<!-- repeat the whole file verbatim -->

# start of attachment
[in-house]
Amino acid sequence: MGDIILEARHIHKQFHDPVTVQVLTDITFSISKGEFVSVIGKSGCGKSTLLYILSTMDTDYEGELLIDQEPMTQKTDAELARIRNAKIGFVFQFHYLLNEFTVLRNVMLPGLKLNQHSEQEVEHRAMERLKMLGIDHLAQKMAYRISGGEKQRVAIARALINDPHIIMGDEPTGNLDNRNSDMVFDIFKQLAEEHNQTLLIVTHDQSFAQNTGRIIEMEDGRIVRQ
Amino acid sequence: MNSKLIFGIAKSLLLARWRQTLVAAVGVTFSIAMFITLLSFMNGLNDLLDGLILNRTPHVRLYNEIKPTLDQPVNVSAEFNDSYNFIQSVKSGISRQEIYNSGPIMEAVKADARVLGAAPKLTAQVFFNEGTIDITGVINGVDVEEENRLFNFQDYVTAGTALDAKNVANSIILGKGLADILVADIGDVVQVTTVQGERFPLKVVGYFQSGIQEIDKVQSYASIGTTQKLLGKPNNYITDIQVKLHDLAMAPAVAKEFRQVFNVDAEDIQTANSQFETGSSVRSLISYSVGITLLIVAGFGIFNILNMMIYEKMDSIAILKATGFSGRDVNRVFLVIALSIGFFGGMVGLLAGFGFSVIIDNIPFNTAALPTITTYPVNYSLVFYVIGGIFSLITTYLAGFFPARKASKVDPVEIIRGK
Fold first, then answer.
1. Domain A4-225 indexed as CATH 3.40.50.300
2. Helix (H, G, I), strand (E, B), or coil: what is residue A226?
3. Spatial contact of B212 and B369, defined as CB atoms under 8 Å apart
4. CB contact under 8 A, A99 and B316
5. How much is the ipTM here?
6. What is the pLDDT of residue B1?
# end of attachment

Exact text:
[in-house]
Amino acid sequence: MGDIILEARHIHKQFHDPVTVQVLTDITFSISKGEFVSVIGKSGCGKSTLLYILSTMDTDYEGELLIDQEPMTQKTDAELARIRNAKIGFVFQFHYLLNEFTVLRNVMLPGLKLNQHSEQEVEHRAMERLKMLGIDHLAQKMAYRISGGEKQRVAIARALINDPHIIMGDEPTGNLDNRNSDMVFDIFKQLAEEHNQTLLIVTHDQSFAQNTGRIIEMEDGRIVRQ
Amino acid sequence: MNSKLIFGIAKSLLLARWRQTLVAAVGVTFSIAMFITLLSFMNGLNDLLDGLILNRTPHVRLYNEIKPTLDQPVNVSAEFNDSYNFIQSVKSGISRQEIYNSGPIMEAVKADARVLGAAPKLTAQVFFNEGTIDITGVINGVDVEEENRLFNFQDYVTAGTALDAKNVANSIILGKGLADILVADIGDVVQVTTVQGERFPLKVVGYFQSGIQEIDKVQSYASIGTTQKLLGKPNNYITDIQVKLHDLAMAPAVAKEFRQVFNVDAEDIQTANSQFETGSSVRSLISYSVGITLLIVAGFGIFNILNMMIYEKMDSIAILKATGFSGRDVNRVFLVIALSIGFFGGMVGLLAGFGFSVIIDNIPFNTAALPTITTYPVNYSLVFYVIGGIFSLITTYLAGFFPARKASKVDPVEIIRGK
Fold first, then answer.
1. Domain A4-225 indexed as CATH 3.40.50.300
2. Helix (H, G, I), strand (E, B), or coil: what is residue A226?
3. Spatial contact of B212 and B369, defined as CB atoms under 8 Å apart
4. CB contact under 8 A, A99 and B316
5. How much is the ipTM here?
6. What is the pLDDT of residue B1?